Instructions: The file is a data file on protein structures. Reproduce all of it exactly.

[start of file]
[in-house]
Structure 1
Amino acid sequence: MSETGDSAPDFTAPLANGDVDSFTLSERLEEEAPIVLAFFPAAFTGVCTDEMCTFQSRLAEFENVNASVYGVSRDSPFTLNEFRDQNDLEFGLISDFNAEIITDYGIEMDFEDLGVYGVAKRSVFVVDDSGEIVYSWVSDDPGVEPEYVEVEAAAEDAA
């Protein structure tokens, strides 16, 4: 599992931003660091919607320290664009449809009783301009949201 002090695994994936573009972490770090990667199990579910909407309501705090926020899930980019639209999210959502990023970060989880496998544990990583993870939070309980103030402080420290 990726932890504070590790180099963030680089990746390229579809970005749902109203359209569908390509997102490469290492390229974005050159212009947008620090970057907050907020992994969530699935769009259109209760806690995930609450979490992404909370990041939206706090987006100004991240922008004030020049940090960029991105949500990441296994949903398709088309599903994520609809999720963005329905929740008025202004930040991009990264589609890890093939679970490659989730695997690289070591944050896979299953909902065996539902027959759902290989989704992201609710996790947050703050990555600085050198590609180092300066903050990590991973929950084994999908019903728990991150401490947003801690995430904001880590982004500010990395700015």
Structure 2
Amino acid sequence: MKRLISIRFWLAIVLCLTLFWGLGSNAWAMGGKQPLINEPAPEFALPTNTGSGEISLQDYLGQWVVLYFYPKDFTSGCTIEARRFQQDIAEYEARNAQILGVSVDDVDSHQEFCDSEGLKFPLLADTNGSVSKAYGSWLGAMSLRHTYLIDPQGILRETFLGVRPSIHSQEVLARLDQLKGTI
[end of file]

[in-house]
Structure 1
Amino acid sequence: MSETGDSAPDFTAPLANGDVDSFTLSERLEEEAPIVLAFFPAAFTGVCTDEMCTFQSRLAEFENVNASVYGVSRDSPFTLNEFRDQNDLEFGLISDFNAEIITDYGIEMDFEDLGVYGVAKRSVFVVDDSGEIVYSWVSDDPGVEPEYVEVEAAAEDAA
């Protein structure tokens, strides 16, 4: 599992931003660091919607320290664009449809009783301009949201 002090695994994936573009972490770090990667199990579910909407309501705090926020899930980019639209999210959502990023970060989880496998544990990583993870939070309980103030402080420290 990726932890504070590790180099963030680089990746390229579809970005749902109203359209569908390509997102490469290492390229974005050159212009947008620090970057907050907020992994969530699935769009259109209760806690995930609450979490992404909370990041939206706090987006100004991240922008004030020049940090960029991105949500990441296994949903398709088309599903994520609809999720963005329905929740008025202004930040991009990264589609890890093939679970490659989730695997690289070591944050896979299953909902065996539902027959759902290989989704992201609710996790947050703050990555600085050198590609180092300066903050990590991973929950084994999908019903728990991150401490947003801690995430904001880590982004500010990395700015």
Structure 2
Amino acid sequence: MKRLISIRFWLAIVLCLTLFWGLGSNAWAMGGKQPLINEPAPEFALPTNTGSGEISLQDYLGQWVVLYFYPKDFTSGCTIEARRFQQDIAEYEARNAQILGVSVDDVDSHQEFCDSEGLKFPLLADTNGSVSKAYGSWLGAMSLRHTYLIDPQGILRETFLGVRPSIHSQEVLARLDQLKGTI